With only a few days of contract bargaining left to avert a nationwide coal strike, United Mine Workers President Arnold Miller said yesterday he would consider a contract extension if the talks begin to show "substantial progress."

But he emphaisized that progress now is insufficient to merit consideration of an extension, under which miners would continue to work while bargaining continues.

The current contract between the UMW and the Bituminous Coal Operators Association, the industry's main bargaining arm, expires Dec. 6. But both sides agree that it would take at least 10 days for miners to ratify a contract - meaning an agreement would have to be reached by late this week to avoid a walkout Dec. 6 if there is not contract extension.

Industry officials indicated interest in Miller's comments but declined to react.

Even if Miller were to recommend a contract extension, there is some question whether UMW members - who have a no-contract, no-work tradition and a propensity for wildcat strikes - would stay on the job.

But one industry observer, noting the lack of normal wildcat, activity this year, indicated they might continue to work this time. Miller noted that contract extensions are not unprecedented, having been approved twice in the 1950s.

It was not clear what Miller meant by "sufficient progress." He contends that no progress has been made since talks started Oct. 6, while BCOA was reporting some progress last week. "We'd have to be moving along toward a possible settlement," Miller said yesterday.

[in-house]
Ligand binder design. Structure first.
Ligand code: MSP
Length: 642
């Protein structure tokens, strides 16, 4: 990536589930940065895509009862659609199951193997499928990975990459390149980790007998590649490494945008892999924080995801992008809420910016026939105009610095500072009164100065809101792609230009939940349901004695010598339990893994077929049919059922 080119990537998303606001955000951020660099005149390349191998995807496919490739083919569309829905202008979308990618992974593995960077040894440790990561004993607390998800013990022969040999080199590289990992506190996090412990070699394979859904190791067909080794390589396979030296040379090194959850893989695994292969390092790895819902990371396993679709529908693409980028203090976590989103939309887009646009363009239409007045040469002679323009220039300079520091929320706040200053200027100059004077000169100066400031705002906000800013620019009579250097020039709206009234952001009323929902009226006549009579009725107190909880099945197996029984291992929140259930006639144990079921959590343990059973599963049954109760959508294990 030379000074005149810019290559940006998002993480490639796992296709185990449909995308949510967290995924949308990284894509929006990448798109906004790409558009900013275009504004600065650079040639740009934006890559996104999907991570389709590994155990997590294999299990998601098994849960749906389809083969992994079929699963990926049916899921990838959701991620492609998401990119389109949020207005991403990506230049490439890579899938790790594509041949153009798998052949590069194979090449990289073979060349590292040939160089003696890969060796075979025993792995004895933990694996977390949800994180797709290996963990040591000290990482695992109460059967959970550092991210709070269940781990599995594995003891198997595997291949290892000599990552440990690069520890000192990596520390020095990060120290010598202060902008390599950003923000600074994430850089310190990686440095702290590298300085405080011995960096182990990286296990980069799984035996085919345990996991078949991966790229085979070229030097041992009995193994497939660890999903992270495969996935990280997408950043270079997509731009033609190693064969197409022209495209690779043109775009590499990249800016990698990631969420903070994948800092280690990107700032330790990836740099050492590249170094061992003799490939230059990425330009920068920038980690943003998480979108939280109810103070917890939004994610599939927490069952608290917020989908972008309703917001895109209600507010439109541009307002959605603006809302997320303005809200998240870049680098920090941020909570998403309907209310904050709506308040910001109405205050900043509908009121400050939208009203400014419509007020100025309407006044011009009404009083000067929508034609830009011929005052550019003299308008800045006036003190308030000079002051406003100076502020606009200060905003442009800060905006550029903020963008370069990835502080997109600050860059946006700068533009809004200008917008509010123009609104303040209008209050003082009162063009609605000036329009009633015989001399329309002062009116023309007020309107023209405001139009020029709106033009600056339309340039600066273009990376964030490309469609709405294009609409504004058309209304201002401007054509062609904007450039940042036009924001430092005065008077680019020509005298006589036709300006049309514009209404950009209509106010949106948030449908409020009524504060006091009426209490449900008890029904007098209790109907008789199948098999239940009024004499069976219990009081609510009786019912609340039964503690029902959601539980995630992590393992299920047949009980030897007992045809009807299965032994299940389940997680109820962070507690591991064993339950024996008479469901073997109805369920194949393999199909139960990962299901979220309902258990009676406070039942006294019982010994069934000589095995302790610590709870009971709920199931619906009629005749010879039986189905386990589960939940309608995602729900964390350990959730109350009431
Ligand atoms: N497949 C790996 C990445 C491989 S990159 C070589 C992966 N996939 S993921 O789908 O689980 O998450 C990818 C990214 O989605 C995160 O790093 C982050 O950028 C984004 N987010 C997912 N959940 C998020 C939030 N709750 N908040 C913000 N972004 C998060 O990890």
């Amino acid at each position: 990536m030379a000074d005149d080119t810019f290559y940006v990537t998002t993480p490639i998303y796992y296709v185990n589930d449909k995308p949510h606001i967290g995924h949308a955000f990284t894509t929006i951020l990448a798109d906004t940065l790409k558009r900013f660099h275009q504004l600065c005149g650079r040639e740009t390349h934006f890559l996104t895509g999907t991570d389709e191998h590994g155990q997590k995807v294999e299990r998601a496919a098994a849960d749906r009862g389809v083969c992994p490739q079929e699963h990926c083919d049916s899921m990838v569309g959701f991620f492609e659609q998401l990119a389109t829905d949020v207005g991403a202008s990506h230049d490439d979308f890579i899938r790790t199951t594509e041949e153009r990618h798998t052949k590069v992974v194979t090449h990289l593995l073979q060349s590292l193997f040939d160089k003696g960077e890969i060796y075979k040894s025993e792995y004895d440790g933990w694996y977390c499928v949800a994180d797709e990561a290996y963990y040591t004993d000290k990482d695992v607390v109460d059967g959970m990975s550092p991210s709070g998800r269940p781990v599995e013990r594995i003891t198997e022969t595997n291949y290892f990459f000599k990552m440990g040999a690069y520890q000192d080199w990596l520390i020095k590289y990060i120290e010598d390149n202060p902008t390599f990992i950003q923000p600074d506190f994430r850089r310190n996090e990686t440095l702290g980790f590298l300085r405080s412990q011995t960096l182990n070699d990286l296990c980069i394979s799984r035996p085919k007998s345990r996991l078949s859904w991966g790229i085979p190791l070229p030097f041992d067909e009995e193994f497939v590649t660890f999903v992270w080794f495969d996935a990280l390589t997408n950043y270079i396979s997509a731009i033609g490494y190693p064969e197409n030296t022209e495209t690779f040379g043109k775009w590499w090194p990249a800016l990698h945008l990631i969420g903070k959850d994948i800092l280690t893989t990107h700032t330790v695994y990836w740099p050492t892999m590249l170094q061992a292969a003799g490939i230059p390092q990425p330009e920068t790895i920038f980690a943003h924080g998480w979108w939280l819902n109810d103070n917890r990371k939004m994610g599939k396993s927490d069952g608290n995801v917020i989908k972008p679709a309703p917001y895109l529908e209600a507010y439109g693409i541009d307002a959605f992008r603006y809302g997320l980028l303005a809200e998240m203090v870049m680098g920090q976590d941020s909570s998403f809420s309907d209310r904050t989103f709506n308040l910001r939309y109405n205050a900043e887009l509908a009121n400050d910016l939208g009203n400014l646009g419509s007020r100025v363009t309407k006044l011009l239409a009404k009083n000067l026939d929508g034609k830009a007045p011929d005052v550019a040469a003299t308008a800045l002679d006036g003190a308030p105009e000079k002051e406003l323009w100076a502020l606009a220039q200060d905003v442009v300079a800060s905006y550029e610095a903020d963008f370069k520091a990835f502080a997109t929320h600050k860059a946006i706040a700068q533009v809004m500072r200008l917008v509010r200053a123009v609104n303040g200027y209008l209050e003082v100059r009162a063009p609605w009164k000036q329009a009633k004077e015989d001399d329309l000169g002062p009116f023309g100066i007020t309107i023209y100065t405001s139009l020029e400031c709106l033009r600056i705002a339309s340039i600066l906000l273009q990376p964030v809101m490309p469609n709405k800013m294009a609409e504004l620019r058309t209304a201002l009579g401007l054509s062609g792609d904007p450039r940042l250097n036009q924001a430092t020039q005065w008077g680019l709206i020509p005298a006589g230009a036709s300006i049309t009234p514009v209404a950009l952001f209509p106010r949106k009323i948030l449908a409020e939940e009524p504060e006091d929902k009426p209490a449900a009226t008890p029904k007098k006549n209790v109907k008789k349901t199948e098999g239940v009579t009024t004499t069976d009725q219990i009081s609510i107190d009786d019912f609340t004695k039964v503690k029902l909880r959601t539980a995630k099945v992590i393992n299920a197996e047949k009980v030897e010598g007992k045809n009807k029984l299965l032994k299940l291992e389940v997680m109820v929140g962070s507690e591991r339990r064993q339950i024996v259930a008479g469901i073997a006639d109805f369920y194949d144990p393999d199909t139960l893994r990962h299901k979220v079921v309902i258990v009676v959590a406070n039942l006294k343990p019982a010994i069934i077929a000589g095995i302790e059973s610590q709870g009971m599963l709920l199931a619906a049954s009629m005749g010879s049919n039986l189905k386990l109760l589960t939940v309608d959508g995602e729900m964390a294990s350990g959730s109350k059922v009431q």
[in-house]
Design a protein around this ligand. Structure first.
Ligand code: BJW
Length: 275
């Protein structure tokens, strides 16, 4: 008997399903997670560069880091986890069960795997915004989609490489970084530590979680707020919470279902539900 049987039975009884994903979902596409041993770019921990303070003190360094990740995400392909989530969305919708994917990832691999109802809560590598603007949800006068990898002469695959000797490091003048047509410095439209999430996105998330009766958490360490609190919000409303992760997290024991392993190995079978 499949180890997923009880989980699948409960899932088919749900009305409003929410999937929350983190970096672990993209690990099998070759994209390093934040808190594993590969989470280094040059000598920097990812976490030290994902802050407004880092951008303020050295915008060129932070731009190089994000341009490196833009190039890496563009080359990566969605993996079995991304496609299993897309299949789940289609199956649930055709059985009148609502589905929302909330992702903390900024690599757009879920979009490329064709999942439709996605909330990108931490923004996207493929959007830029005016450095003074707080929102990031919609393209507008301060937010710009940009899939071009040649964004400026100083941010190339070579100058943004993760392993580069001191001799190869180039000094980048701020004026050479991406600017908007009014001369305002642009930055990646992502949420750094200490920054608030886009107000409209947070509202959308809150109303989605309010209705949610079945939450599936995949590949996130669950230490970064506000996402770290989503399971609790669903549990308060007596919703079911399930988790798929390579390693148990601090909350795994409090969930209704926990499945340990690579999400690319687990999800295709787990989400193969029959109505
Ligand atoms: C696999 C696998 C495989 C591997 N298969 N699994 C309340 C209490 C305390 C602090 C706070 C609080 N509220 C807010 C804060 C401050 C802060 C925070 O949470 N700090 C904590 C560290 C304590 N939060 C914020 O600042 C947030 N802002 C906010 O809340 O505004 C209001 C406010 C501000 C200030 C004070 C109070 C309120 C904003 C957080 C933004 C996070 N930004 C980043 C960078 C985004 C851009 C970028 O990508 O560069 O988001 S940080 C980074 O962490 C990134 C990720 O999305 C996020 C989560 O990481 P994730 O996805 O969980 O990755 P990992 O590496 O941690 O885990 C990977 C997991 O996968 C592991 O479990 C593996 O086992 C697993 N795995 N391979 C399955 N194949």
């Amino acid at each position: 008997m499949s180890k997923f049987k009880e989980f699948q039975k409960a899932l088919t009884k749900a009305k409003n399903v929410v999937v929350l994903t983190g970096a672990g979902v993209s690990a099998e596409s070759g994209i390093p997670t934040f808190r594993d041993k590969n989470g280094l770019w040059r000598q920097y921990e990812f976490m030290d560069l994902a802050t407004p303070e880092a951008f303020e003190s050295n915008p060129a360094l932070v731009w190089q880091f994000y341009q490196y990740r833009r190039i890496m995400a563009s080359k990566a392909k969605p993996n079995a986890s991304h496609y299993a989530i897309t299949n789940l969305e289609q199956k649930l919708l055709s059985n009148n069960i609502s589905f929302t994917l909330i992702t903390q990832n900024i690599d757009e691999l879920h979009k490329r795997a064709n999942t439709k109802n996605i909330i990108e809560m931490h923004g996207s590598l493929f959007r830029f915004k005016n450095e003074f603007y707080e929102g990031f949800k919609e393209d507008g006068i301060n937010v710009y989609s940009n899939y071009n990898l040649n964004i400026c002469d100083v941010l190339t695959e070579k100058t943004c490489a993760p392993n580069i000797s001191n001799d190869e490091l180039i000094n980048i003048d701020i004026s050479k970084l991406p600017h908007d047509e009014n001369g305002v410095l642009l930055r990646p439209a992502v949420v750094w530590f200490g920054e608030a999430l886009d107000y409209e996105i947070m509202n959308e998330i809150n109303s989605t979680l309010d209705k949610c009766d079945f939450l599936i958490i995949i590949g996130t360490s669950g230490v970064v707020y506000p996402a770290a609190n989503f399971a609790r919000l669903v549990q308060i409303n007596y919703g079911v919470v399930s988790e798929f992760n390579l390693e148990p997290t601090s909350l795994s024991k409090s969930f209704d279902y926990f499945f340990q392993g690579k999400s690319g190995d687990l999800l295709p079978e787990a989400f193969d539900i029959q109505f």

Even if a strike occurs, it is not expected to have a major impact on national energy supplies at least for about three months, according to government and coal, steel and utility sources. UMW officials conceded yesterday that stockpiles are sufficient to withstand a long strike.

Miller made his comments in response to reporters' questions at a briefing called to discuss a UMW-drafted economic analysis, which concluded that BCOA, which represents companies employing about 130,000 UMW members, can afford a 50-percent increase in miners' compensation.

Including benefits, miners now earn $13.08 an hour, or about 35 per cent of the sale value of coal, according to the study. If labor costs amounted to 53.5 per cent of the sales value, as they did in 1969, miners would earn $19.97 an hour, an increase of $6.89, according to the study done for the UMW by Stanley Ruttenberg, an economic consultant.

Miller emphasized that the union is not asking for a 50-per-cent increase but rather is saying it could be justified economically in light of profits, hazards to workers and pay gains by workers in other industries. Miller noted that the UMW has yet to make a specific wage request. Benefit guarantees and grievance procedures, including the union's demand for a right to strike over local problems, are considered bigger obstacles to a settlement than wages.